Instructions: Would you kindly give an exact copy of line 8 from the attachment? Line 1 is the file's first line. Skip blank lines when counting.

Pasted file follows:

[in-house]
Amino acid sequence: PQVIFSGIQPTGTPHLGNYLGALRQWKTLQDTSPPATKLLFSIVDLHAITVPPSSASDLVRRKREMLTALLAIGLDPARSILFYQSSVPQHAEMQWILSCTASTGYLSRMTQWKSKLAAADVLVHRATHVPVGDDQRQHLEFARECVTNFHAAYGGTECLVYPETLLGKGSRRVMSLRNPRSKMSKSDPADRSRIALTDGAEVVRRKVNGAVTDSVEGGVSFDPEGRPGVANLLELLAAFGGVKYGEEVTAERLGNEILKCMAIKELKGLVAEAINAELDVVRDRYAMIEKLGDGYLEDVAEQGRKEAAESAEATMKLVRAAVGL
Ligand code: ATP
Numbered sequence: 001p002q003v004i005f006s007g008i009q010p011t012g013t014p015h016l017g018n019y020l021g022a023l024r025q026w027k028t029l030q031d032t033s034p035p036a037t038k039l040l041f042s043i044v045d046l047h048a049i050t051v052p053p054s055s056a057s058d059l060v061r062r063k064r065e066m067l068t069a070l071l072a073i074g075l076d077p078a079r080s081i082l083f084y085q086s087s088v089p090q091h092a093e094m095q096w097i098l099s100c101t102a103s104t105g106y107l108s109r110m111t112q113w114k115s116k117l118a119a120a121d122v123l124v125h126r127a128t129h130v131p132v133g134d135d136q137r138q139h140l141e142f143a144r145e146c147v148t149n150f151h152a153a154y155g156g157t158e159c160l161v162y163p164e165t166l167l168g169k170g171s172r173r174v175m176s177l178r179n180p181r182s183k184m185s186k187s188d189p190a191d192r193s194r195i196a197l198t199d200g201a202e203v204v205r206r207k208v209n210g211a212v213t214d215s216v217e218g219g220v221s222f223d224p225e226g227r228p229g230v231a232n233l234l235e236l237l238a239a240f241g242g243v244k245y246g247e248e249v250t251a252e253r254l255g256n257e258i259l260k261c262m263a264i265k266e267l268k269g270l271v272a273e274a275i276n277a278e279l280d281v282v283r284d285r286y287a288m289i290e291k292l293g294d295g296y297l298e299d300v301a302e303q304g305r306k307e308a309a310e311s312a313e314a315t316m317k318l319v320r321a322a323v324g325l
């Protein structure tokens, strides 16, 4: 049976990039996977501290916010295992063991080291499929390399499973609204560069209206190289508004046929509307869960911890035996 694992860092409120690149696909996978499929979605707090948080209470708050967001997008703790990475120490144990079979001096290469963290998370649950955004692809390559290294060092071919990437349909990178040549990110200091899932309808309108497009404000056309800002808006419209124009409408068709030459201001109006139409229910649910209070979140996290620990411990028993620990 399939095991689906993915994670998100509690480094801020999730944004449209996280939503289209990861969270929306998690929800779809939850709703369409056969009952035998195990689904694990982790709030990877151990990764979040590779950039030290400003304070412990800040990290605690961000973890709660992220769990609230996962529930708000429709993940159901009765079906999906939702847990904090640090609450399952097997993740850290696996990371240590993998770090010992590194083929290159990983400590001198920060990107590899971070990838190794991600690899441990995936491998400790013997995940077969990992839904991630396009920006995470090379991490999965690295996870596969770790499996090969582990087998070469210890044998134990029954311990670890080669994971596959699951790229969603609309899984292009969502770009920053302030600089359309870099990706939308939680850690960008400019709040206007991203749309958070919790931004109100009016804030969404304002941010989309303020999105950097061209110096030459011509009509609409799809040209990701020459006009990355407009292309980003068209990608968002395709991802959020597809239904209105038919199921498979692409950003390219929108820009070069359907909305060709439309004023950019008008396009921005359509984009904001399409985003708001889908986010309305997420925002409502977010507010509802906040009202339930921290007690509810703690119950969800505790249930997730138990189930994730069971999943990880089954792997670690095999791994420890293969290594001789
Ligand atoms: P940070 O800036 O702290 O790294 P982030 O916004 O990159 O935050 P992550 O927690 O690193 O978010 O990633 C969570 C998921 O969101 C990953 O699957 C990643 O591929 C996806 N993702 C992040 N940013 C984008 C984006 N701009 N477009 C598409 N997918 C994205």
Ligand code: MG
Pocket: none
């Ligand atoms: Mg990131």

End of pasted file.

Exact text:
Pocket: none